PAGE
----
Those core beliefs, philosophy, purpose, attitudes, and principles (i) determine how the organization’s people are chosen, developed and managed, (ii) drive how business is done, (iii) decide the standards the organization operates on, (iv) define the core values of the organization, and (v) determine the level of commitment, quality, communication and service toward clients and customers. 

The Elements of a Winning Culture

  1. Purpose and Vision
  • Define fully and clearly the reason the organization is there, work out the purpose of the organization, what it will do for people
  • Determine the needs or desires that the business satisfies for people
  • Work out how the business can improve the quality of people’s lives
  • Work out what the organization intends to accomplish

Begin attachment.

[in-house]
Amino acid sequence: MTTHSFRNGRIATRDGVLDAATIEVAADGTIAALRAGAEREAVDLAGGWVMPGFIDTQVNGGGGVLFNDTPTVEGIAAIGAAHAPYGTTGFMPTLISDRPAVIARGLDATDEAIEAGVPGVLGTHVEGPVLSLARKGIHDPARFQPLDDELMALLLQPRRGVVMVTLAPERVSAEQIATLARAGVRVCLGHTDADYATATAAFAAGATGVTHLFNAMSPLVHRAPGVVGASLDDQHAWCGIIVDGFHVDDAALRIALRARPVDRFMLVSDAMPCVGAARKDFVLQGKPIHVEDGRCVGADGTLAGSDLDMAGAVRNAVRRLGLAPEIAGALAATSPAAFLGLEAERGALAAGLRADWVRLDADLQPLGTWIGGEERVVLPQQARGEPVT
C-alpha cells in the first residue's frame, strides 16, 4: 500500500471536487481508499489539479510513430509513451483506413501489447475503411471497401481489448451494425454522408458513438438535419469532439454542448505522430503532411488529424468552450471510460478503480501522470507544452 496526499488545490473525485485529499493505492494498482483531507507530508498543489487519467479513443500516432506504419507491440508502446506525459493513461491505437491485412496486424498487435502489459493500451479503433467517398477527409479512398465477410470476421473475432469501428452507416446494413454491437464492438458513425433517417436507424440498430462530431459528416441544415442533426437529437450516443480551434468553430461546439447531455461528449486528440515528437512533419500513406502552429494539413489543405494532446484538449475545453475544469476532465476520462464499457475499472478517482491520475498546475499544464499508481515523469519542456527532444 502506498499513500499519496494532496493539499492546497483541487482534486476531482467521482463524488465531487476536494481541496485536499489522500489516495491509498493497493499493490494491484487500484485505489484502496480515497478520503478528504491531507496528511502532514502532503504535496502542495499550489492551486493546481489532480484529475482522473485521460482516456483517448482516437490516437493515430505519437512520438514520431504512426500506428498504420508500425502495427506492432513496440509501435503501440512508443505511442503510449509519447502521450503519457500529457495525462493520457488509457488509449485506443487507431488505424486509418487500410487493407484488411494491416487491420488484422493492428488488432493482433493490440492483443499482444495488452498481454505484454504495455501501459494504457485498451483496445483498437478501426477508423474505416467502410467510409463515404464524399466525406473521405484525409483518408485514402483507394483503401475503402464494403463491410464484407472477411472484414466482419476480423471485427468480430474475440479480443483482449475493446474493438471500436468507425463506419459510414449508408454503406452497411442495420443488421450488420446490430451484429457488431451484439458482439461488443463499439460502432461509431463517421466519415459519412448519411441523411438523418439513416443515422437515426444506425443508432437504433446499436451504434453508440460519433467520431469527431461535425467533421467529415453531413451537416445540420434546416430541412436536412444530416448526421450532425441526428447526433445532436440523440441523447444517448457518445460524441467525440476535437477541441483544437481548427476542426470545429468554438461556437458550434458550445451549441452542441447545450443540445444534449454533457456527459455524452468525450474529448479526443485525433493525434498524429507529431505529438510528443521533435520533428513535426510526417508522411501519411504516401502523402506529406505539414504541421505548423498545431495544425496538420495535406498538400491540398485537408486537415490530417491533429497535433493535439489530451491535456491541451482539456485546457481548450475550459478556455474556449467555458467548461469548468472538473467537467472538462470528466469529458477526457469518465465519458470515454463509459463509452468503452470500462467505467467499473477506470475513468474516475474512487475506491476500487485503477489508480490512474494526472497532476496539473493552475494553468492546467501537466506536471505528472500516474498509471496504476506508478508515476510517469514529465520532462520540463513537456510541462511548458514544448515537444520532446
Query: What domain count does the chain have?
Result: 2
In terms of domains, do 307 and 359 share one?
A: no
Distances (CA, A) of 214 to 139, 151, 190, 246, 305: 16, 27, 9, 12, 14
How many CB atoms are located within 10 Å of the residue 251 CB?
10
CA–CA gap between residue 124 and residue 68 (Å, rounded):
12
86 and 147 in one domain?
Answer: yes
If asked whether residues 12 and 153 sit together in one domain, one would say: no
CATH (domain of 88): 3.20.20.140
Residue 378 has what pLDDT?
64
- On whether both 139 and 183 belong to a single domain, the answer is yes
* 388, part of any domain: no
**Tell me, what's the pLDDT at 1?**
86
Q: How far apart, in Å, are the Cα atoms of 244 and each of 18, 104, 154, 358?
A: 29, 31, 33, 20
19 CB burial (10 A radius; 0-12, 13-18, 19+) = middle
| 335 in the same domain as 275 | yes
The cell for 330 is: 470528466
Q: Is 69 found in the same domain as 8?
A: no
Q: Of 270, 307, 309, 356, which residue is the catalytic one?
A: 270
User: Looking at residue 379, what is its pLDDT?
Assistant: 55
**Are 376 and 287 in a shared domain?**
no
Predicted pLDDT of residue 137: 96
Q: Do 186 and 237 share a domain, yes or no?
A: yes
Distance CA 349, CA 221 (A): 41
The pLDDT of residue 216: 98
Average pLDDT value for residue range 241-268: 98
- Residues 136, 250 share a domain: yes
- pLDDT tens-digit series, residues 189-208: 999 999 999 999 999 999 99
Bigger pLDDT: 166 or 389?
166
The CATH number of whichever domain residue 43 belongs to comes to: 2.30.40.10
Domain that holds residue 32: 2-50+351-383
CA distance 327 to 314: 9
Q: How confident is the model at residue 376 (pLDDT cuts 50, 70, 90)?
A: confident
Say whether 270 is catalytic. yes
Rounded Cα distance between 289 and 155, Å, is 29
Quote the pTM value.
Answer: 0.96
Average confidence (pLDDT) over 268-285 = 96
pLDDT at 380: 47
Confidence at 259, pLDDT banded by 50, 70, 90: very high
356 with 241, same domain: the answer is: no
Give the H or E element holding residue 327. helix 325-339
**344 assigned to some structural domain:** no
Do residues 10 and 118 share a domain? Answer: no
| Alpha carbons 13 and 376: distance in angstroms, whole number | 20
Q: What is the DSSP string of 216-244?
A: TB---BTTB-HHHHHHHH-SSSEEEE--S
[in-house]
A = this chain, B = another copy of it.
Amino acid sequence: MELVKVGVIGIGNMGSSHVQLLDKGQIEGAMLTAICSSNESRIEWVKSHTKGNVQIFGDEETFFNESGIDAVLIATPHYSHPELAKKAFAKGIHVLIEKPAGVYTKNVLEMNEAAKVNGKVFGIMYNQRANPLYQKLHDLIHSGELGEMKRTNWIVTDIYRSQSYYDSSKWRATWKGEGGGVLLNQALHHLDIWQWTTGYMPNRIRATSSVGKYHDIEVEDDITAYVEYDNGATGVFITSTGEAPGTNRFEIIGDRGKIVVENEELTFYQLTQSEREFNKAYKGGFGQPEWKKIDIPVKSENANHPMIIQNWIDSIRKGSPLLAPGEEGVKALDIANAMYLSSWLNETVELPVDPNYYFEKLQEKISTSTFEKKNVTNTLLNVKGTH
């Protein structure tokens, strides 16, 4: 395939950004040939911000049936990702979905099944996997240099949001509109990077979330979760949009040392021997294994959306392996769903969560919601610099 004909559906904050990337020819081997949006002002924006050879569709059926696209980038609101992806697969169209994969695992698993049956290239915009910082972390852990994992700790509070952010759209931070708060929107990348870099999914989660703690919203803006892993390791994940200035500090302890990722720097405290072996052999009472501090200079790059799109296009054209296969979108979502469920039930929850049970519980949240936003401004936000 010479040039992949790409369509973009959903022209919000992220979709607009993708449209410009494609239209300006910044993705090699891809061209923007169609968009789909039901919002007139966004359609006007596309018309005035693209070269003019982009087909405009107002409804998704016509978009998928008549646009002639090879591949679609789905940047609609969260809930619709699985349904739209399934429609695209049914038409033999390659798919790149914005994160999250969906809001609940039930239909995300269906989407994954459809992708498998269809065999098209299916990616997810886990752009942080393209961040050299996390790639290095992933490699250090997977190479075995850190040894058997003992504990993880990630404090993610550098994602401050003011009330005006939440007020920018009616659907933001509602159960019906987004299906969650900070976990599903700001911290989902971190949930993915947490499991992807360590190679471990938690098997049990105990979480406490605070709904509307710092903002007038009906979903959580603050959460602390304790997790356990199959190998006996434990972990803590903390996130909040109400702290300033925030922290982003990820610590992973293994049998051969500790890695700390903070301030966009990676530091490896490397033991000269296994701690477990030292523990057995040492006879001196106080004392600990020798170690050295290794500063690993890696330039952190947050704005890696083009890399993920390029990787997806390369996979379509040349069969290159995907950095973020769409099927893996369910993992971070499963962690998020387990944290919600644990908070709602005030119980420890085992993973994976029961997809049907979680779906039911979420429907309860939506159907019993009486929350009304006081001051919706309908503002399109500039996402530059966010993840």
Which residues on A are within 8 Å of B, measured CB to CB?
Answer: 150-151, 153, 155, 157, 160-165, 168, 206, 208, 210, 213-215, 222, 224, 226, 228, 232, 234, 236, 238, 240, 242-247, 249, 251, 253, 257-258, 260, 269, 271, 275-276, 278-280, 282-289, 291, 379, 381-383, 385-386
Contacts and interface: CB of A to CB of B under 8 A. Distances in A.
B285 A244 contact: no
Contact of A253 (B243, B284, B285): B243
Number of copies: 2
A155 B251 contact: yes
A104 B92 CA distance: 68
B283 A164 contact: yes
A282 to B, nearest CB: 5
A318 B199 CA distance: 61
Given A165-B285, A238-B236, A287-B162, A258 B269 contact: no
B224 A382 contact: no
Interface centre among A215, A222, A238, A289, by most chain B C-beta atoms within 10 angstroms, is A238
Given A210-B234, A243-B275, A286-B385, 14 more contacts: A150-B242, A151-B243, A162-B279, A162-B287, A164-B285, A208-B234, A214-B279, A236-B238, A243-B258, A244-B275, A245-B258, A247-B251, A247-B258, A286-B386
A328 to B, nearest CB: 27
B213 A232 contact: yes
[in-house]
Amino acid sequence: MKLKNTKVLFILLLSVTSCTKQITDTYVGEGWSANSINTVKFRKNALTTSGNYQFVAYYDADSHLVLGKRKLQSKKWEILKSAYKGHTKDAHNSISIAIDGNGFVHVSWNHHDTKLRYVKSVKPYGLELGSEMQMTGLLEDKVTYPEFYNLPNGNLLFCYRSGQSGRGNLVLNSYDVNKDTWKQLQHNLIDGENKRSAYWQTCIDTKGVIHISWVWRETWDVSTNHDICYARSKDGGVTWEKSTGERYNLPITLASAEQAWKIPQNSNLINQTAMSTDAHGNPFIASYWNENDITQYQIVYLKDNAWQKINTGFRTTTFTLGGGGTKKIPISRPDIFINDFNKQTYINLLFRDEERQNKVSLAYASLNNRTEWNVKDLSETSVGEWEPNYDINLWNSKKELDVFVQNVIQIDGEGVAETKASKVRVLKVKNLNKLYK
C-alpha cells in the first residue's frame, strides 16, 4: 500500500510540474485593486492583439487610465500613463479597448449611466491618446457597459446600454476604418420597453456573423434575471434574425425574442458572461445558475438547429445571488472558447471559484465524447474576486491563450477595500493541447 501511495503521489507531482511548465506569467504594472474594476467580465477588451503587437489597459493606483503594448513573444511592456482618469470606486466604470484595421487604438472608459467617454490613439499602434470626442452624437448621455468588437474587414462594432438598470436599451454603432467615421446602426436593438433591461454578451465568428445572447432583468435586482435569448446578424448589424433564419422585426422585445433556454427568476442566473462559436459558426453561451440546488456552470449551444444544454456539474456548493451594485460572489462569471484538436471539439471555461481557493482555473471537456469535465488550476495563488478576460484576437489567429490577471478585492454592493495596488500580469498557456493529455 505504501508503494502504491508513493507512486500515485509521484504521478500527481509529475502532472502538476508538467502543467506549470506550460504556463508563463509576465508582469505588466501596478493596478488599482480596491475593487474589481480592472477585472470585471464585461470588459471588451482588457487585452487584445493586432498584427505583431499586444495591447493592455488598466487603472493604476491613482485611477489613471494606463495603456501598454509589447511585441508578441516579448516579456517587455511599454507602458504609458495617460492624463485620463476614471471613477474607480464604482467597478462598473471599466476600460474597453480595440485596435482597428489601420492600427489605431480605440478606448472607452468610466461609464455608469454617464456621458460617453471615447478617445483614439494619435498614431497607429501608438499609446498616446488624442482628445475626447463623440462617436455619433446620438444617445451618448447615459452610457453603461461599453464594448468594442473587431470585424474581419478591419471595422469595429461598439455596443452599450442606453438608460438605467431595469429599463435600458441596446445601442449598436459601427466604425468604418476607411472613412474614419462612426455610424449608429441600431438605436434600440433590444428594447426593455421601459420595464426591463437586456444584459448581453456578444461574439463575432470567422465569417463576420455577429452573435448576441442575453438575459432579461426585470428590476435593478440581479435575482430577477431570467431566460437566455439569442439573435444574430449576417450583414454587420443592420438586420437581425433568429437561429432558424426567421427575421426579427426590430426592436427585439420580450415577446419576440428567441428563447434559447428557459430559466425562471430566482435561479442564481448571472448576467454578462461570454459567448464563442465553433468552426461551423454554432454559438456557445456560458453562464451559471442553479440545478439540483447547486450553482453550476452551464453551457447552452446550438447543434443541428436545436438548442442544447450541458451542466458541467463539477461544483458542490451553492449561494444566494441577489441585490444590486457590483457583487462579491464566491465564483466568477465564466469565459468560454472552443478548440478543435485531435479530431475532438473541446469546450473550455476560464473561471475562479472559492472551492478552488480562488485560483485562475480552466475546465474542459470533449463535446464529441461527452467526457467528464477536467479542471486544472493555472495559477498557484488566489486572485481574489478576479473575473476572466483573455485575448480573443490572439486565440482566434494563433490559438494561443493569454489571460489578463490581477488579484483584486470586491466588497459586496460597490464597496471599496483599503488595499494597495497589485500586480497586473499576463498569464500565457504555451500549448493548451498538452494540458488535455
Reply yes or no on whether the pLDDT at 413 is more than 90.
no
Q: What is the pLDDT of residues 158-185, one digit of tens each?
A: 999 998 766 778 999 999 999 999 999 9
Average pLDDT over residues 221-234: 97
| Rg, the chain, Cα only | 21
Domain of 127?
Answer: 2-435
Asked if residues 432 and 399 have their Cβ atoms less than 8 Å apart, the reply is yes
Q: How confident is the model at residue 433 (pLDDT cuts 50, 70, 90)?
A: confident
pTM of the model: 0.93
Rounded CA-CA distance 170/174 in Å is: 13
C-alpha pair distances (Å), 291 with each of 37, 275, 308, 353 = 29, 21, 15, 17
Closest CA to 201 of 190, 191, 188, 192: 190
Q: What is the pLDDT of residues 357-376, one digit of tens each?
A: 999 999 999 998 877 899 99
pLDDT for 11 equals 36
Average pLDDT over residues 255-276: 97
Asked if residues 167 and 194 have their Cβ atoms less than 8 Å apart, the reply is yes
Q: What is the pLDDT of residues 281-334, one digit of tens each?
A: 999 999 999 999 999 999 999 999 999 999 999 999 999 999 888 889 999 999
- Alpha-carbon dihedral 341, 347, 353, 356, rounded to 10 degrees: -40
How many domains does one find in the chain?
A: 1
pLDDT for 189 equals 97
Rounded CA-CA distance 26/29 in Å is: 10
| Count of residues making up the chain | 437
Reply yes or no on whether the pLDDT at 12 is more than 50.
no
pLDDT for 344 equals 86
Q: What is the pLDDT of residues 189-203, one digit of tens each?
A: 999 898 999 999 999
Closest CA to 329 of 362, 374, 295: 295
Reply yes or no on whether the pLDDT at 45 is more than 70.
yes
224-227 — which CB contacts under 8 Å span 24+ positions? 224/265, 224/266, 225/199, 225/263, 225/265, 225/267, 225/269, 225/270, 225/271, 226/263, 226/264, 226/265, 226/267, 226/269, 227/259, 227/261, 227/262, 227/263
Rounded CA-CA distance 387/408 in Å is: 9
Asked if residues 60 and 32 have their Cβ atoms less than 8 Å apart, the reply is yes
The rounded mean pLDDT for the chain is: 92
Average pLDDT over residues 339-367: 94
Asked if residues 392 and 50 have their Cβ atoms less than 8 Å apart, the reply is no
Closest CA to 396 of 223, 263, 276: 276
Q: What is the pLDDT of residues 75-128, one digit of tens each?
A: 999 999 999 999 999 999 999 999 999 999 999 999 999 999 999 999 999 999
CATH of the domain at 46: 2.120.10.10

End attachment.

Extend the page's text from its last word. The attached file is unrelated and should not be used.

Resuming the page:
2. Philosophy and Principles About Its People and Clients/Customers

  • Look for and hire the right people, people with ideal character and qualities, to include high integrity, good intelligence, willingness to learn and grow, creativity, desire to help people, a cooperative attitude, working and getting along well with others, constructive and positive intentions, and hard-working. (Less attention on experience)
  • Strong belief in the people chosen to work for the company – belief in their intelligence, capabilities, and ideas. High expectation that people will do their jobs very well and work toward the goals and purposes of the business. Empower people to contribute their observations, ideas, and innovations.
  • Provide effective training programs that develop people’s native potentials and capabilities to their fullest. Encourage people to grow and reach their full potentials.